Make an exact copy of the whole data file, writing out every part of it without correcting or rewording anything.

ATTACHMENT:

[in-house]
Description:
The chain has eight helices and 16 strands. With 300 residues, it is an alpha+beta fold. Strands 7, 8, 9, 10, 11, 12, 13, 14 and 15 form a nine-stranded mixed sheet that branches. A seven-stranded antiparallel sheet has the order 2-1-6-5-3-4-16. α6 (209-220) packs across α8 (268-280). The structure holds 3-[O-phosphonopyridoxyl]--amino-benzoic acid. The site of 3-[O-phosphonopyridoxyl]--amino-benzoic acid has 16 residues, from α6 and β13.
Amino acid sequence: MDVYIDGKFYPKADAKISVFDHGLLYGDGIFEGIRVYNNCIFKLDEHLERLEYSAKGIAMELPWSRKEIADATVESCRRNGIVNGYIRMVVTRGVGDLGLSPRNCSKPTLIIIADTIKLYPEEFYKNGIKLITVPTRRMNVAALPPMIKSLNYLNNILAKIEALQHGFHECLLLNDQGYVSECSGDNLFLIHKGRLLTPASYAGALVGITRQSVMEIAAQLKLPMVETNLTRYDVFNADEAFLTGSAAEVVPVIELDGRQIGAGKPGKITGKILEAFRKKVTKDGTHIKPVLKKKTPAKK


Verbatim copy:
[in-house]
Description:
The chain has eight helices and 16 strands. With 300 residues, it is an alpha+beta fold. Strands 7, 8, 9, 10, 11, 12, 13, 14 and 15 form a nine-stranded mixed sheet that branches. A seven-stranded antiparallel sheet has the order 2-1-6-5-3-4-16. α6 (209-220) packs across α8 (268-280). The structure holds 3-[O-phosphonopyridoxyl]--amino-benzoic acid. The site of 3-[O-phosphonopyridoxyl]--amino-benzoic acid has 16 residues, from α6 and β13.
Amino acid sequence: MDVYIDGKFYPKADAKISVFDHGLLYGDGIFEGIRVYNNCIFKLDEHLERLEYSAKGIAMELPWSRKEIADATVESCRRNGIVNGYIRMVVTRGVGDLGLSPRNCSKPTLIIIADTIKLYPEEFYKNGIKLITVPTRRMNVAALPPMIKSLNYLNNILAKIEALQHGFHECLLLNDQGYVSECSGDNLFLIHKGRLLTPASYAGALVGITRQSVMEIAAQLKLPMVETNLTRYDVFNADEAFLTGSAAEVVPVIELDGRQIGAGKPGKITGKILEAFRKKVTKDGTHIKPVLKKKTPAKK